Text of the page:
How in the name of the goddess’s favorite sports bra am I going to do this Magical Librarian job? I have no idea what I’m doing. And the woman who’s supposed to be training me is…well, let’s just say she’s distracted and leave it at that. I guess I’ll bumble through. It’s become something of a trademark move for me.
My name is Naida Griffith and I’m a sorceress. I actually found that out not too long ago. I’ve lived with an undefined something burning in my belly for a while, feeling as if something wasn’t quite right under my skin. Then, on my eighteenth birthday I started getting headaches. Bad ones. And random stuff started following me around.
Recently I was approached by a group called the Société of Dire Magic to become Keeper of the Artifacts. A magical librarian. Given that magical artifacts have taken to following me around, I decided I might have an aptitude for the job. So I said yes.
But in the first few days, I’ve been flogged by flip flops, bludgeoned by gnomes, and discovered a corpse in a suitcase. Then there’s the woman who’s supposed to be training me. She’s…interesting.
Will I survive the training long enough to get the job as artifact librarian? You might as well ask me if a caterpillar gets manis or pedis. Who knows? But I know one thing for sure. This gig is hard. I’m going to do my best to succeed. Or die trying.
When Sebille suggests I open the bookstore up to a small holiday party, I foolishly agree. How was I supposed to know that the hobgoblin would decide it would be fun to hide everybody’s stuff? Or that we’d be hit with a freak winter storm that confined everybody inside for the duration. Or that a “You’re me but who am I?” spell would be released inside the shop, switching everybody’s identities and creating general chaos and hysteria?
I could probably deal with all that if it weren’t for the fact that my friend, Lea…the one person who could possibly reverse the spell…was ensconced in SB the parrot, with no opposable thumbs for spelling.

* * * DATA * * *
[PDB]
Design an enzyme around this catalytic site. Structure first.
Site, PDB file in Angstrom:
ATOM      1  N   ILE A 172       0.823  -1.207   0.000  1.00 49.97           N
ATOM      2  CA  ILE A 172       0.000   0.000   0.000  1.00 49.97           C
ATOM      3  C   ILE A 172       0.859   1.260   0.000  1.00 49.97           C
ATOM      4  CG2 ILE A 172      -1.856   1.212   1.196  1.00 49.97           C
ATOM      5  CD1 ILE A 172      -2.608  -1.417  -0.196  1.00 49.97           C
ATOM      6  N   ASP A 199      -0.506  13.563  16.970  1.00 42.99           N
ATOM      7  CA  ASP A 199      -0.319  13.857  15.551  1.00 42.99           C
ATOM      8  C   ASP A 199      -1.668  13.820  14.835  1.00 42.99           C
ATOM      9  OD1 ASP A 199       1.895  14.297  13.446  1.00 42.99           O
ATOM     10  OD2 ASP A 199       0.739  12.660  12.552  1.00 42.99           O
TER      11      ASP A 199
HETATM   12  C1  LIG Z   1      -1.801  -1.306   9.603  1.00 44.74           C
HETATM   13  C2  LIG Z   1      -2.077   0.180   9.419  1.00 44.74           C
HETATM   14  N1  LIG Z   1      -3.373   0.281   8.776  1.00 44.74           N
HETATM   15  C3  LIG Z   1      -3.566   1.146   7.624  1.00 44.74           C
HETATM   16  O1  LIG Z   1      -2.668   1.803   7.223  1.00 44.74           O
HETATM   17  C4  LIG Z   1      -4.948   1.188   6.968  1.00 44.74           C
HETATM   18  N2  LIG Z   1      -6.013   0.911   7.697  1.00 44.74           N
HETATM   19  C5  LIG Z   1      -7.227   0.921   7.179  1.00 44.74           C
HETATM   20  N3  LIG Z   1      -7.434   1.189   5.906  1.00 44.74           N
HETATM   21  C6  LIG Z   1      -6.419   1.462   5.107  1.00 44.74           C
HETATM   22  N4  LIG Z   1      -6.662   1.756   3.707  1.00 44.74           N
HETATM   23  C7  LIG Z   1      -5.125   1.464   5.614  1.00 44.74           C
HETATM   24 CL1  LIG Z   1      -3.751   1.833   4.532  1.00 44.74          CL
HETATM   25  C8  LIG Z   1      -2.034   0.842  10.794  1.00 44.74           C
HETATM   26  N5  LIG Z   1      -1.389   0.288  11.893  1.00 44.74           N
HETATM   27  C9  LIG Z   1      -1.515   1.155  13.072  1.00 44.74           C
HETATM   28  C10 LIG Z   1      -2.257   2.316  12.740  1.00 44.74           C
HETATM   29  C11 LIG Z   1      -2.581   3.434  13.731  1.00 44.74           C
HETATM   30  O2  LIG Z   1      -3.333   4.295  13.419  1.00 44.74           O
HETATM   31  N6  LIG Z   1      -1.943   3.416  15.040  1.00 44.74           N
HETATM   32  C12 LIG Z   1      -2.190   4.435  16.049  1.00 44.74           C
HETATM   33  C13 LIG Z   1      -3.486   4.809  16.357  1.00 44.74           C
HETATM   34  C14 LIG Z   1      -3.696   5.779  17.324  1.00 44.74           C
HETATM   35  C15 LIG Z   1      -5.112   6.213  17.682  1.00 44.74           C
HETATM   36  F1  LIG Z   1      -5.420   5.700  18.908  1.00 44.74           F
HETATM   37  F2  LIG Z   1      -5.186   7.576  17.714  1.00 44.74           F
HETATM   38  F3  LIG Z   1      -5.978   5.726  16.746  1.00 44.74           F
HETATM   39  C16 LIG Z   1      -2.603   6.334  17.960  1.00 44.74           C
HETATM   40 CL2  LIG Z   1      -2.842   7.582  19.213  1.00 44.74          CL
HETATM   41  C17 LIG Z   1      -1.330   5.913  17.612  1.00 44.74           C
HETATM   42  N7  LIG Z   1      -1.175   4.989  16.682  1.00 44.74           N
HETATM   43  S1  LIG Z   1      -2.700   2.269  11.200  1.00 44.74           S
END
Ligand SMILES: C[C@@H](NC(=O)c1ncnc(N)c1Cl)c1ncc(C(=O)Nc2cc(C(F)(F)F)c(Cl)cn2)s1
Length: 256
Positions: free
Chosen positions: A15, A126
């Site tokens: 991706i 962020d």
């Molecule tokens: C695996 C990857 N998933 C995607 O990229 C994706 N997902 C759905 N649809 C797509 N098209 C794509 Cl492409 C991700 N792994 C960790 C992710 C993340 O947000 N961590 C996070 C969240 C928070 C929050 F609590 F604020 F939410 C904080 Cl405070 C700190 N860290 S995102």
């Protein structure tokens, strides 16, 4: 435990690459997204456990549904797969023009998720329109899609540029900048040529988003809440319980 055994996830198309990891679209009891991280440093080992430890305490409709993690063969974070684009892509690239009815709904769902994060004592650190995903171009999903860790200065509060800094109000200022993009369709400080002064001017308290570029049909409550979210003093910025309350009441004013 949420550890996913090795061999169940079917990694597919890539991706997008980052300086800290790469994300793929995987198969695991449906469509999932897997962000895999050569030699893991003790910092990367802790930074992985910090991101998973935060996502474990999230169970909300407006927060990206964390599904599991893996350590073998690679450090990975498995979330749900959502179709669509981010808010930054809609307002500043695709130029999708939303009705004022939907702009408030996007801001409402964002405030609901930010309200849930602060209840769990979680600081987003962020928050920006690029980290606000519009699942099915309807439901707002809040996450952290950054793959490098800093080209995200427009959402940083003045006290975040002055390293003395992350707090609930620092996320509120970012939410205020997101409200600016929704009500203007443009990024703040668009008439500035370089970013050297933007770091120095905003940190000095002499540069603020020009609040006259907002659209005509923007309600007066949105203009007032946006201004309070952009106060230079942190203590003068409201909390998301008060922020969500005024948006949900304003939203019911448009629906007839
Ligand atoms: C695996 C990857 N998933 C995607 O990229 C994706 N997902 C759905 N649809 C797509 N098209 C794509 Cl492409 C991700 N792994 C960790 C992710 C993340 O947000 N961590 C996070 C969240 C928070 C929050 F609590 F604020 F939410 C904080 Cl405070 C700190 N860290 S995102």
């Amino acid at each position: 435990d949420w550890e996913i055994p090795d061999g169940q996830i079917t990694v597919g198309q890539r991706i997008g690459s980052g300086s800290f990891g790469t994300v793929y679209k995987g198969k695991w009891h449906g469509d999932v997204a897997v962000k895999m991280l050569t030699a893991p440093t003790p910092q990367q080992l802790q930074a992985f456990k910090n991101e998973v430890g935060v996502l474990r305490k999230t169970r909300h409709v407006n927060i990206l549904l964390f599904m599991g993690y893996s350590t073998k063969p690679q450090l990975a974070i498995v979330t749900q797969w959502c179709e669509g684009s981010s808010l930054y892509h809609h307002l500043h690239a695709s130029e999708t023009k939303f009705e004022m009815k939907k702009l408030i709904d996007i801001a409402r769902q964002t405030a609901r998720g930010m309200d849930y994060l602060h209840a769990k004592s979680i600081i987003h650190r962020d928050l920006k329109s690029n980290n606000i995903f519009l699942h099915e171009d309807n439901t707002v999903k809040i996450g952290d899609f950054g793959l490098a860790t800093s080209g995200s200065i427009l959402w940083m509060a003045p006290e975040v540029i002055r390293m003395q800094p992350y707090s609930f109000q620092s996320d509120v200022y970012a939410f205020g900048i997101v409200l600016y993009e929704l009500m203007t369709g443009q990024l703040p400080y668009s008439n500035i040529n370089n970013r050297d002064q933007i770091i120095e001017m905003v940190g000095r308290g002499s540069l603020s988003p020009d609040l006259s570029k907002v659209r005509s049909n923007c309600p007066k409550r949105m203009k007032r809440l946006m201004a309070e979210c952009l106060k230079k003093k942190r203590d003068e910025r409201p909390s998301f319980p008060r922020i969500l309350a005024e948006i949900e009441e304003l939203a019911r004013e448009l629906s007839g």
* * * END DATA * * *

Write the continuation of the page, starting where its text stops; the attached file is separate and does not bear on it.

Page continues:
And me? Of course, I’m sitting fat and squishy inside Mr. Slimy. Thank goodness Rustin isn’t currently in residence, or it would be really crowded in here.
Who spelled my party? What do a pair of Santa’s elves have to do with it? And why have old enemies suddenly become new friends? I apparently have a little holiday mystery to solve inside Croakies, and I have no idea how I’m going to solve it with everybody mixed up and some of us human.
It isn’t every day that you find yourself staring at a
frog’s squishy butt bulging from the underside of a sink drain. I would have
felt better if I’d believed it would never happen again. However, because I
appeared to be frog-cursed, there was a strong possibility I’d eventually end
up lying on my back under the sink, eyeing the posterior region of Mr. Slimy
Sighing, I gave the squishy bulk a tentative poke with my
finger, earning a forlorn, “Ribbit!” for my efforts. Something trickled
downward, hitting my cheek and dripping down to the paper towel I had draped
under my head to keep “under the sink” cooties off my hair.
I realized, too late, what had just dripped on me.
“Argh!” I shoved out from under the sink and bent over while
grabbing frantically for more paper towel to wipe frog pee off my cheek. “I
can’t believe it!”
The figure lounging against my refrigerator grinned. “You shouldn’t
poke a stressed frog, Naida.”
I glared at the source of almost all my problems.
Okay, I know I previously said that about Mr. Wicked, my
adorable kitten who was probably better at being an artifact keeper than I was.
But I’d reassessed the players and decided Rustin Quilleran, former witch and
current frog squatter, was definitely more trouble than my sweet little kitten.
I mean, Wicked was curled up on his pillow, purring happily.
Rustin was driving a fat frog bus that got itself jammed in
my drain and peed on my face.
I’ll let you do the math.
“Not funny. You need to keep a better lock on the contents
of your bladder.”
His grin widened. “I think you have a mistaken view of my
ability to control your wedged friend,” he told me. “I’m just a passenger on
that particular bus.”
Which, normally I’d be happy about. I mean, when Rustin had
gotten stuck in the frog because of a spell his horrible family had performed,
I’d felt terrible. We’d tried everything to get him out of there. But, in the
end, the evil Jacob Quilleran had interfered, making certain poor Rustin didn’t
escape the fate Jacob had locked him into.
I still hadn’t found out why Rustin’s Uncle Jacob had felt
the need to lock him in a frog.
Rustin wasn’t being very forthcoming with the information.
I hurried past him, into my bathroom, where I put soap onto
the wet paper towel and scrubbed my cheek until I was in danger of removing a
layer of skin cells along with the frog pee.
“What are you doing here, then? Standing there laughing isn’t
helping at all.”
Rustin shrugged. “I was bored. Your life is generally good
for a few laughs. I’m happy to report that this morning has been no exception.”
I barely resisted zapping him with my almost worthless
keeper magics. I pretty much had only enough oomph in my zapper to curl
someone’s hair or make them pee themselves.
Trust me when I tell you I’d had enough of making stuff pee
for the day.